Tales of the Fireside

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Hilliard, Gray, Little and Wilkins, 1827 - Children's literature - 225 pages

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Contents

I
7
II
37
IV
51
V
65
VII
79
VIII
89
X
109
XI
127
XII
145
XIII
155
XIV
213

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Popular passages

Page 89 - And there was mounting in hot haste: the steed. The mustering squadron, and the clattering car. Went pouring forward with impetuous speed, And swiftly forming in the ranks of war...
Page 2 - Co. of the said district, have deposited in this office the title of a book, the right whereof they claim as proprietors, in the words following, to wit : " Tadeuskund, the Last King of the Lenape. An Historical Tale." In conformity to the Act of the Congress of the United States...
Page 109 - To press the weary minutes' flagging wings; New sorrow rises as the day returns, A sister sickens, or a daughter mourns; Now kindred Merit fills the sable bier, Now lacerated Friendship claims a tear; Year chases year, decay pursues decay, Still drops some joy from...
Page 79 - His words are bonds, his oaths are oracles ; His love sincere, his thoughts immaculate ; His tears, pure messengers sent from his heart ; His heart as far from fraud, as heaven from earth.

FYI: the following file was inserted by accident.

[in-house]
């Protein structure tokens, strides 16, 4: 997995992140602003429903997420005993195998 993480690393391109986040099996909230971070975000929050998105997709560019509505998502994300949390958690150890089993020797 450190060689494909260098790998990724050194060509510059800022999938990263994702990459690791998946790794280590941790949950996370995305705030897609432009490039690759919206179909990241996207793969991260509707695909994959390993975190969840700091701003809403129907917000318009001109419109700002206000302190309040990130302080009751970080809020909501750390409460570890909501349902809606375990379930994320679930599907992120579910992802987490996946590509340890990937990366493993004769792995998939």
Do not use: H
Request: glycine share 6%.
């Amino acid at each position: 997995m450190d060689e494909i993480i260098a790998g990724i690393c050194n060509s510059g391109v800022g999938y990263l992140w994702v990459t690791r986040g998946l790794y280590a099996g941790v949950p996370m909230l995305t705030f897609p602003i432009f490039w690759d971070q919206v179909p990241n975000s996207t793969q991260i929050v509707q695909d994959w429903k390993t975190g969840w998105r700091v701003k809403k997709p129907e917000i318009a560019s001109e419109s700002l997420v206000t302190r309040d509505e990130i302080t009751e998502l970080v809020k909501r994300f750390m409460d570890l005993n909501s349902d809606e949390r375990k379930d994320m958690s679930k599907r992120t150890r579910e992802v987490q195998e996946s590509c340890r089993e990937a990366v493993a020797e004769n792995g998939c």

Page 186 - Ah me! for aught that ever I could read. Could ever hear by tale or history, The course of true love never did run smooth: But, either it was different in blood; Her.
Page 1 - THERE are an hundred faults in this Thing, and an hundred things might be said to prove them beauties. But it is needless. A book may be amusing with numerous errors, or it may be very dull without a single absurdity.
Page 2 - CLERK'S OFFIcE. BE it remembered, that on the eleventh day of November, AD 1830, in the fiftyfifth year of the Independence of the United States of America, Gray & Bowen, of the said district, have deposited in this office the title of a book, the right whereof...
Page 32 - It were all one, That I should love a bright particular star, And think to wed it, he is so above me: In his bright radiance and collateral light Must I be comforted, not in his sphere.
Page 194 - Oh grief, beyond all other griefs, when fate First leaves the young heart lone and desolate In the wide world, without that only tie For which it loved to live or feared to die...
Page 155 - And lean-looked prophets whisper fearful change. Rich men look sad, and ruffians dance and leap. The one, in fear to lose what they enjoy, The other to enjoy by rage and war. These signs forerun the death or fall of Kings.

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